Climate Change and Global Development: Net-Zero after Covid-19?
How will the economic relationships between developed and developing countries influence the path of climate change? The seventh Yale Development Dialogue focuses on how both rich and poor countries can manage natural capital in order to reverse environmental destruction.
In the quest for net-zero global carbon emissions, will advances in technology suffice or must we make hard decisions that affect economic growth? And if the traditional methods of growth must drastically change, what should we ask of rich and poor countries?
In climate negotiations, lower-income countries have long asserted that they are being asked to sacrifice economic development for a problem largely caused by rich, industrialized nations. Today, Western countries set bold emission targets, even as they continue to import goods manufactured in developing countries at a high environmental cost. And countries like India may increase reliance on coal to help mitigate the economic devastation caused by the coronavirus pandemic – even as they set targets for renewable energy production.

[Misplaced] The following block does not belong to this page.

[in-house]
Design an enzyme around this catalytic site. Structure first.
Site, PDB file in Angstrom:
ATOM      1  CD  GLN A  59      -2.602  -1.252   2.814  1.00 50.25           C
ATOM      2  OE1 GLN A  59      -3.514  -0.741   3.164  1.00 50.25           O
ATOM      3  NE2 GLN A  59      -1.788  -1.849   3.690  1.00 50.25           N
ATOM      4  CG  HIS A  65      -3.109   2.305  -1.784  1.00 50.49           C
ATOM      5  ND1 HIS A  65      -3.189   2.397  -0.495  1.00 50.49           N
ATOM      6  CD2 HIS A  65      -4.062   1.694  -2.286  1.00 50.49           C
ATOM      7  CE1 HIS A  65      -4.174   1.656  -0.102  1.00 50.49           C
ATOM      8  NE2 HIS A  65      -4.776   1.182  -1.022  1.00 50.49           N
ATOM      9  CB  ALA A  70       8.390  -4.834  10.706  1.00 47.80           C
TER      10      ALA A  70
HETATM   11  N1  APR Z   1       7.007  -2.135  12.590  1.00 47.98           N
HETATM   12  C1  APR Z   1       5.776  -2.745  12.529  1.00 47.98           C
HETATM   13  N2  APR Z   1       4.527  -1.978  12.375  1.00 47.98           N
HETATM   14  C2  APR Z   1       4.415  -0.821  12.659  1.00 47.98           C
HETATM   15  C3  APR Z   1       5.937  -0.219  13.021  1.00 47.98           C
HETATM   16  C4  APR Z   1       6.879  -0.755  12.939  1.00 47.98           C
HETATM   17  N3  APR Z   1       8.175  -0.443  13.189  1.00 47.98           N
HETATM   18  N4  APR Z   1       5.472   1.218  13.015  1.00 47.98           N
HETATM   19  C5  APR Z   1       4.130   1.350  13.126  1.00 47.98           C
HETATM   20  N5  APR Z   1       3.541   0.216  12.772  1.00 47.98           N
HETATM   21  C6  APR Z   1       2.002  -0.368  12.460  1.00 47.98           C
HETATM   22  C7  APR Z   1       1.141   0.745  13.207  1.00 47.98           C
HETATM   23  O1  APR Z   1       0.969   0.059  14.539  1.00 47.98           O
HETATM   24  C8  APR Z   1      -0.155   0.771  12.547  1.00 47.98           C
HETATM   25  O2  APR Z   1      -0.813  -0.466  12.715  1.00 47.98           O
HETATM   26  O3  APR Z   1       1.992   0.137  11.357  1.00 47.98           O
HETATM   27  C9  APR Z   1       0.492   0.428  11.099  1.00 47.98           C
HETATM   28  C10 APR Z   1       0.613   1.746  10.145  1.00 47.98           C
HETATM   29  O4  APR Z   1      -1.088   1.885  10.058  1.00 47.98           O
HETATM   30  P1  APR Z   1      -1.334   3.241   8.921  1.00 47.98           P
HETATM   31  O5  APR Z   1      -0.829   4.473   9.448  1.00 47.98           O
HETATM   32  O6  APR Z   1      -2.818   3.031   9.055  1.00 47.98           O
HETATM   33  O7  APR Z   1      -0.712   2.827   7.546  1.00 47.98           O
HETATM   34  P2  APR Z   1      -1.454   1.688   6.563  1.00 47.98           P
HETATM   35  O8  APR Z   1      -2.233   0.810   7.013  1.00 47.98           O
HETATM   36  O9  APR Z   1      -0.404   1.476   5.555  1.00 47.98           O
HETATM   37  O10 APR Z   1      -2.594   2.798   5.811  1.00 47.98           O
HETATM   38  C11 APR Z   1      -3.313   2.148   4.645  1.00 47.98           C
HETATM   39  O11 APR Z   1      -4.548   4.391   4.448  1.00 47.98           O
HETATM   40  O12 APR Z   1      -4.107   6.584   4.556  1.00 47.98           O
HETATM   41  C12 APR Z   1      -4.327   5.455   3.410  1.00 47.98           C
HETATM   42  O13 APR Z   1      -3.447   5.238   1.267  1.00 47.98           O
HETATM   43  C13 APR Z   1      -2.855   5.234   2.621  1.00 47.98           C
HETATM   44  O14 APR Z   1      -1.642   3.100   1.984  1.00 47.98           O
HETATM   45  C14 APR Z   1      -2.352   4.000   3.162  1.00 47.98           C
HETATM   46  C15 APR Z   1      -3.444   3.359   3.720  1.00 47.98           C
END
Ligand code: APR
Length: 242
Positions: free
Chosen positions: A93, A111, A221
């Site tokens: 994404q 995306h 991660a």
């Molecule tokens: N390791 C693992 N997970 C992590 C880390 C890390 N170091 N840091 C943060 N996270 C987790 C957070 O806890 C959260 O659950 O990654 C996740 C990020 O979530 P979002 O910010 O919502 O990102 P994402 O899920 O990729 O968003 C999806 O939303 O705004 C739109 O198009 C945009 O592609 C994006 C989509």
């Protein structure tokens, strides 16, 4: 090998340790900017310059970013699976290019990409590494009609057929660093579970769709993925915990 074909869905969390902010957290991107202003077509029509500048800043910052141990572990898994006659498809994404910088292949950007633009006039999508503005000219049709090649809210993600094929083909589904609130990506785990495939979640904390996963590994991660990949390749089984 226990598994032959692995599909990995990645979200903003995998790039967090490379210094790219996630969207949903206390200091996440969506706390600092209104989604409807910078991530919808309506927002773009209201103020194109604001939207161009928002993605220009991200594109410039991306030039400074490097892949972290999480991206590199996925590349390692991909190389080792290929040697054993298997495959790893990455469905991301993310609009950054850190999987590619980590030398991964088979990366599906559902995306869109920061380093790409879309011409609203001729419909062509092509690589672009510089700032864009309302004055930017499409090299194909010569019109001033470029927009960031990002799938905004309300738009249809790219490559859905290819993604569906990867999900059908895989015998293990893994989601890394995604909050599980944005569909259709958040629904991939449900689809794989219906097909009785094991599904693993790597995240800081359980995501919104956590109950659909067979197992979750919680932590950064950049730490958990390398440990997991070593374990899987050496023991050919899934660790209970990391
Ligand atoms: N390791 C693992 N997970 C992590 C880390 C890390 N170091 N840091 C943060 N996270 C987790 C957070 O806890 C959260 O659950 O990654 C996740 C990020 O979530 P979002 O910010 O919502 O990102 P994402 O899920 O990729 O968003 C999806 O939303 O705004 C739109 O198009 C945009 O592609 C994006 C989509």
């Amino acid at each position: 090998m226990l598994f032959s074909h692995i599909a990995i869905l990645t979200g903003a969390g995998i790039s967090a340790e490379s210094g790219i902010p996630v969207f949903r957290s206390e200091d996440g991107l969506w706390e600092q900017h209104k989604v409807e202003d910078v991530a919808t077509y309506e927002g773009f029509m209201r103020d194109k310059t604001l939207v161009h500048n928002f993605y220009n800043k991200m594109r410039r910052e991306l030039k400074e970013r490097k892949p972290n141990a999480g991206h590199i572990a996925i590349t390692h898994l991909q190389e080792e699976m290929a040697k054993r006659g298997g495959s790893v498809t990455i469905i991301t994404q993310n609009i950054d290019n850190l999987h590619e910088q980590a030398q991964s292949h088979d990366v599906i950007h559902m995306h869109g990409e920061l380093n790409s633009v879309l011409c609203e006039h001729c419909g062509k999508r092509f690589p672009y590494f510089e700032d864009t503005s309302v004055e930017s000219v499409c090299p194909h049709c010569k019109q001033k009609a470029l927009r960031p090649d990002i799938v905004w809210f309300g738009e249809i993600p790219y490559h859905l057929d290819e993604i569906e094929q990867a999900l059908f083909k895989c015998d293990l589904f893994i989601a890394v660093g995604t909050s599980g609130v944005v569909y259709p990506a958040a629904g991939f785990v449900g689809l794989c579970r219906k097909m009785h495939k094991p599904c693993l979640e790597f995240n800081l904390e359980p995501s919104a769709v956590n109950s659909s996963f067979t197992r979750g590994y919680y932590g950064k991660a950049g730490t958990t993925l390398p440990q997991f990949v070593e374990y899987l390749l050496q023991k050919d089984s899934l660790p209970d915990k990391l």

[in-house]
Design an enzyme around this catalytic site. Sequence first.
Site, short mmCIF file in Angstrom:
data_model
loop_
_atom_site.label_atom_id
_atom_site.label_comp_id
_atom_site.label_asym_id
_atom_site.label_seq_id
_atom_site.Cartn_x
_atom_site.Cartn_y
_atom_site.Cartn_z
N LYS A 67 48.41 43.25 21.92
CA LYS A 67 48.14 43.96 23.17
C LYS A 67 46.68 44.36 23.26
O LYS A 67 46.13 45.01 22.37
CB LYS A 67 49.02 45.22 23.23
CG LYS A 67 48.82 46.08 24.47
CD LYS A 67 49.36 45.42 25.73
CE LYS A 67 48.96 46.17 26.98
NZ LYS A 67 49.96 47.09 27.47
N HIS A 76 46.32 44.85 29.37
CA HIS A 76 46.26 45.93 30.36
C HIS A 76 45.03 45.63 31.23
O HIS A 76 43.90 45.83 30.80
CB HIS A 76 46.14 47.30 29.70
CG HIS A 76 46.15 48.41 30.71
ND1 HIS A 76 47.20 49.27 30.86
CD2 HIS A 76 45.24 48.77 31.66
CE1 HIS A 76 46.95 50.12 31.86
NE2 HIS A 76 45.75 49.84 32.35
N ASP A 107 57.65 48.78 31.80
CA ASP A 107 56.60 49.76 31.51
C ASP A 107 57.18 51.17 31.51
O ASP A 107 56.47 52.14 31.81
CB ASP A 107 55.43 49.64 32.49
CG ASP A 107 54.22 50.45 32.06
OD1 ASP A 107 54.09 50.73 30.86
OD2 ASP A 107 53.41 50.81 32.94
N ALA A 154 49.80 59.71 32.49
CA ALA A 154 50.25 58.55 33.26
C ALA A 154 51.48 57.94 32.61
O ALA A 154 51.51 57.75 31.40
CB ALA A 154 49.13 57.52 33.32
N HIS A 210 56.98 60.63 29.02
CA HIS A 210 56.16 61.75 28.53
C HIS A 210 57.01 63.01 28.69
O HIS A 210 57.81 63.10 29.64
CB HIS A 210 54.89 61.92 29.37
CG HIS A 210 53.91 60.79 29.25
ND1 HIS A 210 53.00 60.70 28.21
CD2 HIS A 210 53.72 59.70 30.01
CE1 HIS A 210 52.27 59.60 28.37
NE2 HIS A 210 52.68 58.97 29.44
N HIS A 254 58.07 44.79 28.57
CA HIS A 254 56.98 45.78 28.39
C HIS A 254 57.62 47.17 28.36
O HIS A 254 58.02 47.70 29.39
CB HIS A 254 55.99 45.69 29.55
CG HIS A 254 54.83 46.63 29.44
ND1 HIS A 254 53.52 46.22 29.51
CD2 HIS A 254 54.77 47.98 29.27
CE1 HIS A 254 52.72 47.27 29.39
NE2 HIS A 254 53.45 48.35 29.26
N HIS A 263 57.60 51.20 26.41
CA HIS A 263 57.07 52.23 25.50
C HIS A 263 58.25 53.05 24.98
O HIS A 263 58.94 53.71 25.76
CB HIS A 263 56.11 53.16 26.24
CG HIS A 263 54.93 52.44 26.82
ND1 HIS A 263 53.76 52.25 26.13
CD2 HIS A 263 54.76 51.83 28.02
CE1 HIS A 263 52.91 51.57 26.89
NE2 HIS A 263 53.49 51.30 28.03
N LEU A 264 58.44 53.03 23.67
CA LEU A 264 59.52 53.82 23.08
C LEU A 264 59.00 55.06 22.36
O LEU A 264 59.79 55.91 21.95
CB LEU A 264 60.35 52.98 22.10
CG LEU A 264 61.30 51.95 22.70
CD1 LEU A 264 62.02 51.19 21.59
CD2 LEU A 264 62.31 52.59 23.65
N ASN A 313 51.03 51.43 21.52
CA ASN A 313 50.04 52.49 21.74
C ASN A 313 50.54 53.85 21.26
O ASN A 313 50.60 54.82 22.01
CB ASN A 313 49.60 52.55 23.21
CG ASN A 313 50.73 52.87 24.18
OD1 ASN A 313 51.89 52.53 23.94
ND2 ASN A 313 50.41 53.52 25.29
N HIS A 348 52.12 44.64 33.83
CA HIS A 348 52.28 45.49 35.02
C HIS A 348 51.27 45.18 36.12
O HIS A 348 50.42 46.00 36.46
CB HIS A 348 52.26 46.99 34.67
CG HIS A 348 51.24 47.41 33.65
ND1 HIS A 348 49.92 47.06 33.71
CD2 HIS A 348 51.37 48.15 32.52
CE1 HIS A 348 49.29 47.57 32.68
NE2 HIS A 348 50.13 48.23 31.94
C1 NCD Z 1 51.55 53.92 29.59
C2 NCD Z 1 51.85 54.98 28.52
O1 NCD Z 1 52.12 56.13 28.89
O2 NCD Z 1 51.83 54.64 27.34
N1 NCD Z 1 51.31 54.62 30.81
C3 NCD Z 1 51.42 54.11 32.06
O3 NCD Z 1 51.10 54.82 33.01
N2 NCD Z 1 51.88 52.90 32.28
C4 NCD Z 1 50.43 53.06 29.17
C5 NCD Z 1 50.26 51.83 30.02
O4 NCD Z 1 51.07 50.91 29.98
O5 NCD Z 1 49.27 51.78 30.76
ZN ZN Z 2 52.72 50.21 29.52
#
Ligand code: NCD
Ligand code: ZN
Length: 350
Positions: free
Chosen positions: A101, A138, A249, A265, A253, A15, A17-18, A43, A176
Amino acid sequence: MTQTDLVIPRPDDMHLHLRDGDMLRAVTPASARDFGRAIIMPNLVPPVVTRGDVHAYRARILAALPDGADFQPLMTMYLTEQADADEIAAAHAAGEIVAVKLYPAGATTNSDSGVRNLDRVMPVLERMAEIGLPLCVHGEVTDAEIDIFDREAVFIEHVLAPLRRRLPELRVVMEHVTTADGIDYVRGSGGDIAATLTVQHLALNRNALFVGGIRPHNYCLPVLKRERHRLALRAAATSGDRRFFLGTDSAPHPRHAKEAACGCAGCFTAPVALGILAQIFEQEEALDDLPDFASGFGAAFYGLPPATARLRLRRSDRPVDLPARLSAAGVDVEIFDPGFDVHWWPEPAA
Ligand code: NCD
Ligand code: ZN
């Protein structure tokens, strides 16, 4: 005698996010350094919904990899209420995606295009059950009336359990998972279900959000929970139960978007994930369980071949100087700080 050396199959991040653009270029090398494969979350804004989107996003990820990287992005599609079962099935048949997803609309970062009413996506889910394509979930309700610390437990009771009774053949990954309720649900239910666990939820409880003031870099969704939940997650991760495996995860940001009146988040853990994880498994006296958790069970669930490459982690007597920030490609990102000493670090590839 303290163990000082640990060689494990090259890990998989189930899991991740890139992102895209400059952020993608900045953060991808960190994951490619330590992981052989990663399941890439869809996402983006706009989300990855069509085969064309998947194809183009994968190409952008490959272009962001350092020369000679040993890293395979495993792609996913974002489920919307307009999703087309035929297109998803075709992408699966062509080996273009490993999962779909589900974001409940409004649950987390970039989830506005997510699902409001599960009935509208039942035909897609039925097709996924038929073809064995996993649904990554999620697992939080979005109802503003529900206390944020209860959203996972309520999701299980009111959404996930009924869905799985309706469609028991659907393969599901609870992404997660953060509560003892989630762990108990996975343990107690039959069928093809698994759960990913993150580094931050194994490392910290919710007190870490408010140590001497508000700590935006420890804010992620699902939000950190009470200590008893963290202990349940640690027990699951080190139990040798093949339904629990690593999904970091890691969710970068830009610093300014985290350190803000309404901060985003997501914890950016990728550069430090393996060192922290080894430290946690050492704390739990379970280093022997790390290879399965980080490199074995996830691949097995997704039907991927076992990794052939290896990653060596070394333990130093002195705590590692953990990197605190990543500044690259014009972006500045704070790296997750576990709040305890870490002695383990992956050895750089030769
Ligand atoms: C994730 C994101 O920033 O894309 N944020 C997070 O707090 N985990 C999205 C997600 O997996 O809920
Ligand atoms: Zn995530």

How will the economic relationships between developed and developing countries influence the path of climate change? What policies are necessary? And when policy fails, what can citizens do to help reduce carbon emissions?
In the 7th Yale Development Dialogue, Dieter Helm will discuss these topics with Sunil Amrith, Rohini Pande, and Rory Stewart, co-hosts of the series.
Dieter Helm, CBE is Professor of Economic Policy at the University of Oxford and former Independent Chair of the UK’s Natural Capital Committee, providing advice to the government on the sustainable use of natural capital. His most recent book Net Zero: How We Stop Causing Climate Change addresses the action we all need to take to tackle the climate emergency.
Event Updated 2021-05-07